July 17, 2018
05.09.2009 - 04:03PM
By Conrad MacKerron
The greening of corporate America has a darker side that seems to tolerate dangerous conditions for workers. The emerging solar and renewable energy industries will bring green collar jobs to areas of the U.S. in desperate need of them. But corporations are still paying scant attention to the needs of the people in the global supply chain emerging markets where most manufacturing has shifted.
Let's look at the revved up Chinese economy where so many of our goods are now made. China has an occupational safety law. But it's only five years old and honored more in the breach than the observance. And it shows in the toll on workers' lives. China has the highest rate of death from work-related illnesses of any country. According to the International Labor Organization, 380,000 Chinese workers died of occupational illness in 2005 and millions more live with fatal diseases or with limbs missing from job-related accidents.
The Toyota Prius has become one of the most visible symbols of environmental consciousness. But a recent report from the National Labor Committee alleged abusive working conditions in Japanese factories assembling the Prius. The report said a third of assembly line workers are poorly paid temps, and that its parts supply chain is "riddled with sweatshop abuse", including the trafficking of tens of thousands of foreign guest workers. Many of them are working 16-hour shifts. And two years ago, Bloomberg Markets linked Toyota, GM and Ford to slave labor conditions in making the pig iron for the steel that ends up in their vehicles.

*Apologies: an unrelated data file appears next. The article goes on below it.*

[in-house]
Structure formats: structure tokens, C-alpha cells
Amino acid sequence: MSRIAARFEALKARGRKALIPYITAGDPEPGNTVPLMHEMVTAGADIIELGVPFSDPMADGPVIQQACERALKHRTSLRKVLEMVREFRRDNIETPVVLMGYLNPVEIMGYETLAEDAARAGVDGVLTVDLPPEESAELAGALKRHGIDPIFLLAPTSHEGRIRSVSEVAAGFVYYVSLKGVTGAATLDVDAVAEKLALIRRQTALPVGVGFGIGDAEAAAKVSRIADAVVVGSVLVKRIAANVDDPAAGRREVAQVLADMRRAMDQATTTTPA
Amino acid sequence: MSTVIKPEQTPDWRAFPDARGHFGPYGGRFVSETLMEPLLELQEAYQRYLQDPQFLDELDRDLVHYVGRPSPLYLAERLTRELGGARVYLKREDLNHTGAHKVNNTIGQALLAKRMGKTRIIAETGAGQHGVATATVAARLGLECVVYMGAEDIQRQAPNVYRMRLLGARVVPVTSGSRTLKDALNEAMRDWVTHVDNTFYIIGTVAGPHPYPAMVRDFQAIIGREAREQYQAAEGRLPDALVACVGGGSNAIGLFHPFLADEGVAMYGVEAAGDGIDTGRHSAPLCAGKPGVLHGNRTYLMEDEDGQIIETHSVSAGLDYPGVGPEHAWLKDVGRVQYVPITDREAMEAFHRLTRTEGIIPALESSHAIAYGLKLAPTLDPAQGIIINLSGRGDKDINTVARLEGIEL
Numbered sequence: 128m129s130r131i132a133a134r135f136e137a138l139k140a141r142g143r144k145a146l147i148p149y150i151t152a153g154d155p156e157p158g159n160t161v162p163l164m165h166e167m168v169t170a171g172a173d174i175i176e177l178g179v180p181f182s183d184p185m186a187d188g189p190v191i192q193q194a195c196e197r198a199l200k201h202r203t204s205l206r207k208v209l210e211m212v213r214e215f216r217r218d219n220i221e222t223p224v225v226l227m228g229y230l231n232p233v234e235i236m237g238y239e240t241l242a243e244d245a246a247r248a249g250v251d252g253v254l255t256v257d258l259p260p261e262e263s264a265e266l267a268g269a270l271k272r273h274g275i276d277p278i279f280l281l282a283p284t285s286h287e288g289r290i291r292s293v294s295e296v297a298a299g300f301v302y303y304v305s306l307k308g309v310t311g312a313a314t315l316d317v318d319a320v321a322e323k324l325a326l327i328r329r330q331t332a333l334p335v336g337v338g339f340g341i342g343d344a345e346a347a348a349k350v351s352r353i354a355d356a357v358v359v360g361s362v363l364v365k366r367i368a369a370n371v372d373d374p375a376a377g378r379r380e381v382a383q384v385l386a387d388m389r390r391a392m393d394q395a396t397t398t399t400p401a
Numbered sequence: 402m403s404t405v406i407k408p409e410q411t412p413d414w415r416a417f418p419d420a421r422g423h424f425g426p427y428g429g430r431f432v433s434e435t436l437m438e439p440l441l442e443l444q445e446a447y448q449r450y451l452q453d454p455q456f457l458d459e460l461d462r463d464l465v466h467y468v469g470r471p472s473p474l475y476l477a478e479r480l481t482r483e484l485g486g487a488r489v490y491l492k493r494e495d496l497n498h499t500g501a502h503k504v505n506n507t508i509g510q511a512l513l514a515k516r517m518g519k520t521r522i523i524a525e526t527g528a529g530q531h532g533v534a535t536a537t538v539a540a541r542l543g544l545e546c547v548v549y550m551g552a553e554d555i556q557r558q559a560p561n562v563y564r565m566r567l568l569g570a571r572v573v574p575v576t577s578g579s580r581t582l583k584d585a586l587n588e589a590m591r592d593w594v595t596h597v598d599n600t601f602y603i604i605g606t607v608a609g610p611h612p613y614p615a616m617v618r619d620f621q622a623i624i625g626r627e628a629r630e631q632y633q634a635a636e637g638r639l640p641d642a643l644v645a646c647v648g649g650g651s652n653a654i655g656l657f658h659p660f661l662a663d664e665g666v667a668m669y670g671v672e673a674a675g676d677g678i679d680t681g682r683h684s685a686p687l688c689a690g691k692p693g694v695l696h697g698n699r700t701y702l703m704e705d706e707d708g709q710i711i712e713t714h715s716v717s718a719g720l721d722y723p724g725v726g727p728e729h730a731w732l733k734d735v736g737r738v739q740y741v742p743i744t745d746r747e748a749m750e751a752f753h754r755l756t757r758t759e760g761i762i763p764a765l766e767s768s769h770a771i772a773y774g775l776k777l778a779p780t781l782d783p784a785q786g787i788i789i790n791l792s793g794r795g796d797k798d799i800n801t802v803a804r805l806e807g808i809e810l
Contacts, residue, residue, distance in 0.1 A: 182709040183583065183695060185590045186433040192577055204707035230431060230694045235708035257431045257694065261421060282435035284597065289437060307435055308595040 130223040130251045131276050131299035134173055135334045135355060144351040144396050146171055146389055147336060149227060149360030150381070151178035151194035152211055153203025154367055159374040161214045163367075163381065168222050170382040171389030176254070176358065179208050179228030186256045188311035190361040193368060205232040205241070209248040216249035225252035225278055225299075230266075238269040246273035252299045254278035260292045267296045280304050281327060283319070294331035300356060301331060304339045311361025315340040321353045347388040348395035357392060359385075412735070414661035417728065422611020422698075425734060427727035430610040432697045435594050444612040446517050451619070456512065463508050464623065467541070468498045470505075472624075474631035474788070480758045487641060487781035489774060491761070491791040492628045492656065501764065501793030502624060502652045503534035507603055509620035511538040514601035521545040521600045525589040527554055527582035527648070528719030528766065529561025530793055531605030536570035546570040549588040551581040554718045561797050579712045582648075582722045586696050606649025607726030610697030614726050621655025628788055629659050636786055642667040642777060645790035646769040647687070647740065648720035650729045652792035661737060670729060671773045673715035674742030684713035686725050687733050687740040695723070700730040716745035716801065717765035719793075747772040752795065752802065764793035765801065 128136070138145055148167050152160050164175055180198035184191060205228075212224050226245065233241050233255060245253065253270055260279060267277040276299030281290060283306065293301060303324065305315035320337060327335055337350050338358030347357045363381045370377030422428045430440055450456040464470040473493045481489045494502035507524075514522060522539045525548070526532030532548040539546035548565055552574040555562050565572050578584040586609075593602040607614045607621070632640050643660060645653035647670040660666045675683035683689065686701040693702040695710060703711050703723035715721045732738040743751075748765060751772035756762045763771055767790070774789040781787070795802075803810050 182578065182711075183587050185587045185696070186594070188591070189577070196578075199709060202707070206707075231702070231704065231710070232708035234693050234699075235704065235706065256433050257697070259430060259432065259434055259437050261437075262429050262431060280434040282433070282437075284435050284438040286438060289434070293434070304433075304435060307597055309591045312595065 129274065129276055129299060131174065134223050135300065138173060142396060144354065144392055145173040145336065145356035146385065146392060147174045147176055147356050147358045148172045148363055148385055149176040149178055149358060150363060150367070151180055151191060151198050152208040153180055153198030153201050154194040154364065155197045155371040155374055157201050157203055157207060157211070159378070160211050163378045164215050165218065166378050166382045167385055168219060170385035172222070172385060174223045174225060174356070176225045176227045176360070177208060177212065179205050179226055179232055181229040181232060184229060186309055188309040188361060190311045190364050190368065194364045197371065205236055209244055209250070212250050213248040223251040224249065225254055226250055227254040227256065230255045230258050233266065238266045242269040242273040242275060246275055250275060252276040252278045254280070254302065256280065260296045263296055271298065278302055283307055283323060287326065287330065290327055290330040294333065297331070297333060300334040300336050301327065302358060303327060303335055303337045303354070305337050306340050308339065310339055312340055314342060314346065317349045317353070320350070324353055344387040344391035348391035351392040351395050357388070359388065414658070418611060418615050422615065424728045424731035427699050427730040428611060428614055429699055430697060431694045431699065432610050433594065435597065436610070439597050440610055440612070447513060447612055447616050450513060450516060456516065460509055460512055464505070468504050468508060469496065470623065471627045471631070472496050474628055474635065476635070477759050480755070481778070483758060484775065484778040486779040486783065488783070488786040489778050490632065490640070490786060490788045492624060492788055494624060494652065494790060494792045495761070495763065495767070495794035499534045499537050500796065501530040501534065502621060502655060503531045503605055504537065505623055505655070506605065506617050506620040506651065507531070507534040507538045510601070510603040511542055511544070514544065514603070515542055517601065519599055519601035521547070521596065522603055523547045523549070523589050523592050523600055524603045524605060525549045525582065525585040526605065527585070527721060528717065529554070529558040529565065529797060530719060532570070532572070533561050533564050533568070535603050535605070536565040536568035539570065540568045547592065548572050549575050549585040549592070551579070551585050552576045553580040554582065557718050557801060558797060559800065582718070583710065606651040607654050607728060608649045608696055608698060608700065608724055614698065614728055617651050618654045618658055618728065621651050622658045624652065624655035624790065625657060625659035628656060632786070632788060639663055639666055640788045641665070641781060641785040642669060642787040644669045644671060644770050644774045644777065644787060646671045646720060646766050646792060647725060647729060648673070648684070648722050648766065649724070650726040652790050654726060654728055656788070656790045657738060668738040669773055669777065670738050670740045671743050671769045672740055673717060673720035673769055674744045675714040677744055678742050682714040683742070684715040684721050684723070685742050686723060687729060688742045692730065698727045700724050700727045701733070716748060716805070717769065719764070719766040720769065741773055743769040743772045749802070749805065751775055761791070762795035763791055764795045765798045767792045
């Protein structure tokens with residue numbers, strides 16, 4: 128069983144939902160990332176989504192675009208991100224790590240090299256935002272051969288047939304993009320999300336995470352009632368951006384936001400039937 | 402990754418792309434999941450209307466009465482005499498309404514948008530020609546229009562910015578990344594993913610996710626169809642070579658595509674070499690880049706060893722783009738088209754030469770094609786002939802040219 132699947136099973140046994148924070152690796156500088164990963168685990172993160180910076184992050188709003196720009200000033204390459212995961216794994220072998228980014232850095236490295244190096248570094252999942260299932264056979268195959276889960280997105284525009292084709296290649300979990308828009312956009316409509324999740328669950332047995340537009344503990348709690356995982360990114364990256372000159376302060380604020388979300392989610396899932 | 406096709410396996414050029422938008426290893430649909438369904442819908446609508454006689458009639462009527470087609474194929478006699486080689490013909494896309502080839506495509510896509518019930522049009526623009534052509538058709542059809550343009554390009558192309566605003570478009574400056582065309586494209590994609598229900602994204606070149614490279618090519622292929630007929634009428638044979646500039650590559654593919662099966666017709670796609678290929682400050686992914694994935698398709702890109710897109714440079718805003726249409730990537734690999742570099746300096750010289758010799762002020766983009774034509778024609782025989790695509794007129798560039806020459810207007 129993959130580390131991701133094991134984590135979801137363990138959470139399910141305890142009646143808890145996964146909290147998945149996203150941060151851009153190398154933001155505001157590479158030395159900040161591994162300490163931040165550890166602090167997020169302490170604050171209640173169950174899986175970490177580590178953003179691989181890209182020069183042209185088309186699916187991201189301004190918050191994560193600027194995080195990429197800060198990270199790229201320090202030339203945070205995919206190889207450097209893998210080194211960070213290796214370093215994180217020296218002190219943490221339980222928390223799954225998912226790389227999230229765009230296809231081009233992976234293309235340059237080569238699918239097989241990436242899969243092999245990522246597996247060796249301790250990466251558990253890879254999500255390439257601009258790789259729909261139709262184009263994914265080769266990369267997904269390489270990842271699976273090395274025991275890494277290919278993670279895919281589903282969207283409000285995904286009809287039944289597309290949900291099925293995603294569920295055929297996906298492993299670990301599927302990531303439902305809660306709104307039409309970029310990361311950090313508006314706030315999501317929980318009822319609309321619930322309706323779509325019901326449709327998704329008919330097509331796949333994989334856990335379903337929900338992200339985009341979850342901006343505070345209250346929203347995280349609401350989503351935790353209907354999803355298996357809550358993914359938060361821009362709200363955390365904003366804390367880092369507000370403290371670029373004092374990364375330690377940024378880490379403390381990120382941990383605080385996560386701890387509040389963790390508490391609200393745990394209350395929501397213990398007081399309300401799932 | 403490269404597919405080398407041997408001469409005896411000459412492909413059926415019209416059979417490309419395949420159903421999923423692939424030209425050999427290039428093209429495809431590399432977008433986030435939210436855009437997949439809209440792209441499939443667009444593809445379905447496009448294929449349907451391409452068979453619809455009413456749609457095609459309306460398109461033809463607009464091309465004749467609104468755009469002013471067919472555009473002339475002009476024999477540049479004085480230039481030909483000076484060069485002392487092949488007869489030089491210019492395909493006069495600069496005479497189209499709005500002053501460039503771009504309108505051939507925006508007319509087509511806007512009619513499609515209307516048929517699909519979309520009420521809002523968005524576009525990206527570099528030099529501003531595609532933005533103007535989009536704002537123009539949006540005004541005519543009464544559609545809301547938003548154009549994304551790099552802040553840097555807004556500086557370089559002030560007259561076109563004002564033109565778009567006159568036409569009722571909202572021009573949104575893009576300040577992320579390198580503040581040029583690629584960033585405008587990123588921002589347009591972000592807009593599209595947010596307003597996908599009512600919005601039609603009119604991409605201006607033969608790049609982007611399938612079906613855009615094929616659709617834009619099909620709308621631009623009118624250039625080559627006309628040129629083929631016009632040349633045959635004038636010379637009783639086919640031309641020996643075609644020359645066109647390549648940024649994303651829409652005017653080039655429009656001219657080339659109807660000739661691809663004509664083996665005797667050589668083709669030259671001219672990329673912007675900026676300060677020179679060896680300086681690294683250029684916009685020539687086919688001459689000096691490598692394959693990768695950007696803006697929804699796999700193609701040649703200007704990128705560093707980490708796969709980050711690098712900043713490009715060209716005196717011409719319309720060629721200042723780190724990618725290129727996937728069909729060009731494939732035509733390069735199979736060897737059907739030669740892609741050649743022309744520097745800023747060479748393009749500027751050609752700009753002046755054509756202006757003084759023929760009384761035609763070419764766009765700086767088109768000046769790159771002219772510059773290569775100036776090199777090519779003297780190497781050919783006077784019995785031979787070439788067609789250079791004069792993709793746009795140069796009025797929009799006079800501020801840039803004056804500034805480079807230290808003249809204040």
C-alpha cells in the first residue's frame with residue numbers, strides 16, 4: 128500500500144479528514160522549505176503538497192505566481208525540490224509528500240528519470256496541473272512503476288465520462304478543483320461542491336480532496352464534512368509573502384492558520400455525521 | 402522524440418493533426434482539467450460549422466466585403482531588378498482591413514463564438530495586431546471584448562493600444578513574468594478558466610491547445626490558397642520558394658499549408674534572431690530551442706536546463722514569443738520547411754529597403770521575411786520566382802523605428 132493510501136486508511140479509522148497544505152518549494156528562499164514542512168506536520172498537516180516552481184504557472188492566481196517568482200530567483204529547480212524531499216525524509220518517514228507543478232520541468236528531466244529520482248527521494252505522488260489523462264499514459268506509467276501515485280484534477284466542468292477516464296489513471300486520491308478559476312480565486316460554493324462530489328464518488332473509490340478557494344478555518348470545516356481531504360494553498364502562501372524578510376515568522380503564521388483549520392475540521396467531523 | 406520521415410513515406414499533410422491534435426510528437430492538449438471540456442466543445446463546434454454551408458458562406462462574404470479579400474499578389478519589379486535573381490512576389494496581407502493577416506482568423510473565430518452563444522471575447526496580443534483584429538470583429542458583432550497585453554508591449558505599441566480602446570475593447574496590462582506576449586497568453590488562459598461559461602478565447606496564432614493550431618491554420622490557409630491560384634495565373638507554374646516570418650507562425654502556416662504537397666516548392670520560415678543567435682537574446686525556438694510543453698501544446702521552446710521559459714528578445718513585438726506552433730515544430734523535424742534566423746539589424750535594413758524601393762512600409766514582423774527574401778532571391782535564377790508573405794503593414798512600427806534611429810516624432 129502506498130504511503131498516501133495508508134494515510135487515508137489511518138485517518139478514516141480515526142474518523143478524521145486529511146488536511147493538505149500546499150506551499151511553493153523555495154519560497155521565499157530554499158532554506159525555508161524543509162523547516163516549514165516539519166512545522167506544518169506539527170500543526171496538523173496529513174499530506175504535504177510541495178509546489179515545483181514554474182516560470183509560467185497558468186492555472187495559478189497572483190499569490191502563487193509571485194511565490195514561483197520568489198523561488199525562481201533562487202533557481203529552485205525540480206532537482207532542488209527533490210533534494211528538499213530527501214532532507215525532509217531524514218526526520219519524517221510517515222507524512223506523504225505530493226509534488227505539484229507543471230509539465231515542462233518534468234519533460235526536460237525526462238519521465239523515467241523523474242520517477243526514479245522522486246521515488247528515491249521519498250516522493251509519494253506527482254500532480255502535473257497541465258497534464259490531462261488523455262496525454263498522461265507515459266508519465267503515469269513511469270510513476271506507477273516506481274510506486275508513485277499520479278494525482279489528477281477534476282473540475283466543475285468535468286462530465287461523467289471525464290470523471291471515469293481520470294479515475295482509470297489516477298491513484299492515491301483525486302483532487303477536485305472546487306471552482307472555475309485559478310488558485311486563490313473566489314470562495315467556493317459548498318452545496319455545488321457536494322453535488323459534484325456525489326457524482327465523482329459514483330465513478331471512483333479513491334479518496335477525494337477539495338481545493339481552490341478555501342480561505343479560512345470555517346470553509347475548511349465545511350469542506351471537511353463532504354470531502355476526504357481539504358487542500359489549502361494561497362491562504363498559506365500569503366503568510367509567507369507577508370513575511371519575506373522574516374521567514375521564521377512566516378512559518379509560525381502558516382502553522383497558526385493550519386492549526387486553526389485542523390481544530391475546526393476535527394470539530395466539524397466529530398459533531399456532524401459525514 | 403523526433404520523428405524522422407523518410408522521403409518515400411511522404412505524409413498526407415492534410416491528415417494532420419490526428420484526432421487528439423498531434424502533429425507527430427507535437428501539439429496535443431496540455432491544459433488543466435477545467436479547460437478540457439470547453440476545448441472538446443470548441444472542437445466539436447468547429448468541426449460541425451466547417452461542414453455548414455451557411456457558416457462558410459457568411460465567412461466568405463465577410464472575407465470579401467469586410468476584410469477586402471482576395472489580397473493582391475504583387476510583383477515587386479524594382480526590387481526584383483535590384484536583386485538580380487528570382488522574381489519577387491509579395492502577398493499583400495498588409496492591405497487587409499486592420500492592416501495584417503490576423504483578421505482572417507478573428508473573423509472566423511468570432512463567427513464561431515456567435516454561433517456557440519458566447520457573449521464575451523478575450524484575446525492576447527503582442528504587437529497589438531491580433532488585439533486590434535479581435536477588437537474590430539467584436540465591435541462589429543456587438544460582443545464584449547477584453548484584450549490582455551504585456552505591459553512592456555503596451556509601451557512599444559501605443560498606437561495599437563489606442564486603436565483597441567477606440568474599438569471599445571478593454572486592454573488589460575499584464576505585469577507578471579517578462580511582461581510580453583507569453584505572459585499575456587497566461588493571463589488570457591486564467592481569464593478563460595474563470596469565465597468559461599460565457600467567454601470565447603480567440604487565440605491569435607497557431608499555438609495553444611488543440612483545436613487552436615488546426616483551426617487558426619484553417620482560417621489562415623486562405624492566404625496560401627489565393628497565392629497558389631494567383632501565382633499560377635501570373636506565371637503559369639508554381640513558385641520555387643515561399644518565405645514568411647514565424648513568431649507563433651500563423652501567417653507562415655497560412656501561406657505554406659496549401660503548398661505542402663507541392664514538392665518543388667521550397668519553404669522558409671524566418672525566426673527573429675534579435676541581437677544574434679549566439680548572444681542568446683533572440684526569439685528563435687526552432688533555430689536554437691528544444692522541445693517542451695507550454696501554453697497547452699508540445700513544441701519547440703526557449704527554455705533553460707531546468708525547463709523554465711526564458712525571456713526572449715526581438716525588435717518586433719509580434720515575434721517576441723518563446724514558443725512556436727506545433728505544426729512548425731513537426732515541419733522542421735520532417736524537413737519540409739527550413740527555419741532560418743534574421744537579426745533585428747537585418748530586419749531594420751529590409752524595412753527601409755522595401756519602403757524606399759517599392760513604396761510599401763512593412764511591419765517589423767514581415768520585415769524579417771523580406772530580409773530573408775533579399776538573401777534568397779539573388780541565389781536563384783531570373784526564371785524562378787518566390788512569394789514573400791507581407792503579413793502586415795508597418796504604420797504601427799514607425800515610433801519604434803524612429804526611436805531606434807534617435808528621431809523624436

Solar panel installation may produce good jobs here. But producing those panels involves dangerous chemicals. The Washington Post recently reported that a supplier to solar panel maker Suntech Power dumped poisonous silicon tetrachloride, a byproduct of polysilicon manufacture, onto fields in Henan Province in China, rather than recycling it.
As major companies from Wal-Mart to Dell to Nike serve up an array of promises to green their supply chains, we need to know who is paying attention to worker health and safety. U.S. firms often negotiate tough deals with suppliers at rates so low that goods can't be produced without resorting to abusive or unsafe working conditions. We're not just talking about discount retailers but also high end brands. It’s unclear if the multinationals are expecting factory owners to pay all the costs of improving safety and environmental conditions in their plants. Improvement is absolutely needed. But is it fair to put the onus on global suppliers in developing countries? Their profits are often already squeezed to the bone by their powerful customers. And what happens to their investment if a big U.S. brand decides to pull its contract and source from another factory the next year because labor is cheaper there?
Legislation has helped make the US workplace increasingly safe. In the last 35 years, workplace fatalities here have dropped by 60 percent. Injury rates have gone down by 40 percent. But many investors have basically looked the other way as Western companies pursued a generation of global outsourcing of labor without insisting that our hard-won U.S. rules of workplace safety and fairness be applied to the global supply chain. For the green technology juggernaut to have true social credibility, companies must insist on investing in best environmental practices, safeguarding the well being of workers by enforcing best labor practices, and public disclosure of progress on both fronts.
About Conrad MacKerron
Conrad MacKerron is the Director of the Corporate Social Responsibility Program at the As You Sow Foundation based in San Francisco, CA.
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